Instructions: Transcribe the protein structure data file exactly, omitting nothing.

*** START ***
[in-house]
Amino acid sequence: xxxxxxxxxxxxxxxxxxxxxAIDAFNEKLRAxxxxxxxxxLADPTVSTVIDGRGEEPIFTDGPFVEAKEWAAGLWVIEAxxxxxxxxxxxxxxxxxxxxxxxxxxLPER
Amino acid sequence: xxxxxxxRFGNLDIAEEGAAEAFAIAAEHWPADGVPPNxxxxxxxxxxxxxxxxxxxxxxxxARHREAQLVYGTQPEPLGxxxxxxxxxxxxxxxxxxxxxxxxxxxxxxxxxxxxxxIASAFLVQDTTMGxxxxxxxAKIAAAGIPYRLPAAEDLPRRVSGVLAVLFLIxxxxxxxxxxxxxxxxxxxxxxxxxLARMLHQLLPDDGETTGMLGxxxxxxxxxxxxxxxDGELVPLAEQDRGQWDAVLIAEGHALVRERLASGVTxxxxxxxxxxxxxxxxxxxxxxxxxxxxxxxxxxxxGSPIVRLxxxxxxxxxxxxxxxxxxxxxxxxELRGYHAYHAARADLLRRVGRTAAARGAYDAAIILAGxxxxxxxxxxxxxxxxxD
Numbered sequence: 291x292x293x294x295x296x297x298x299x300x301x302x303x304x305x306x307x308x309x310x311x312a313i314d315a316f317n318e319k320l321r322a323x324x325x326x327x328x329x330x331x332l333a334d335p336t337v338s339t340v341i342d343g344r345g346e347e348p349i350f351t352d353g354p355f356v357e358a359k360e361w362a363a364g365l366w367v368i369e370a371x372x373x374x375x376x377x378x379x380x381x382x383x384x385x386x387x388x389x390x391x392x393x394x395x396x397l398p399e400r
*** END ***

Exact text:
[in-house]
Amino acid sequence: xxxxxxxxxxxxxxxxxxxxxAIDAFNEKLRAxxxxxxxxxLADPTVSTVIDGRGEEPIFTDGPFVEAKEWAAGLWVIEAxxxxxxxxxxxxxxxxxxxxxxxxxxLPER
Amino acid sequence: xxxxxxxRFGNLDIAEEGAAEAFAIAAEHWPADGVPPNxxxxxxxxxxxxxxxxxxxxxxxxARHREAQLVYGTQPEPLGxxxxxxxxxxxxxxxxxxxxxxxxxxxxxxxxxxxxxxIASAFLVQDTTMGxxxxxxxAKIAAAGIPYRLPAAEDLPRRVSGVLAVLFLIxxxxxxxxxxxxxxxxxxxxxxxxxLARMLHQLLPDDGETTGMLGxxxxxxxxxxxxxxxDGELVPLAEQDRGQWDAVLIAEGHALVRERLASGVTxxxxxxxxxxxxxxxxxxxxxxxxxxxxxxxxxxxxGSPIVRLxxxxxxxxxxxxxxxxxxxxxxxxELRGYHAYHAARADLLRRVGRTAAARGAYDAAIILAGxxxxxxxxxxxxxxxxxD
Numbered sequence: 291x292x293x294x295x296x297x298x299x300x301x302x303x304x305x306x307x308x309x310x311x312a313i314d315a316f317n318e319k320l321r322a323x324x325x326x327x328x329x330x331x332l333a334d335p336t337v338s339t340v341i342d343g344r345g346e347e348p349i350f351t352d353g354p355f356v357e358a359k360e361w362a363a364g365l366w367v368i369e370a371x372x373x374x375x376x377x378x379x380x381x382x383x384x385x386x387x388x389x390x391x392x393x394x395x396x397l398p399e400r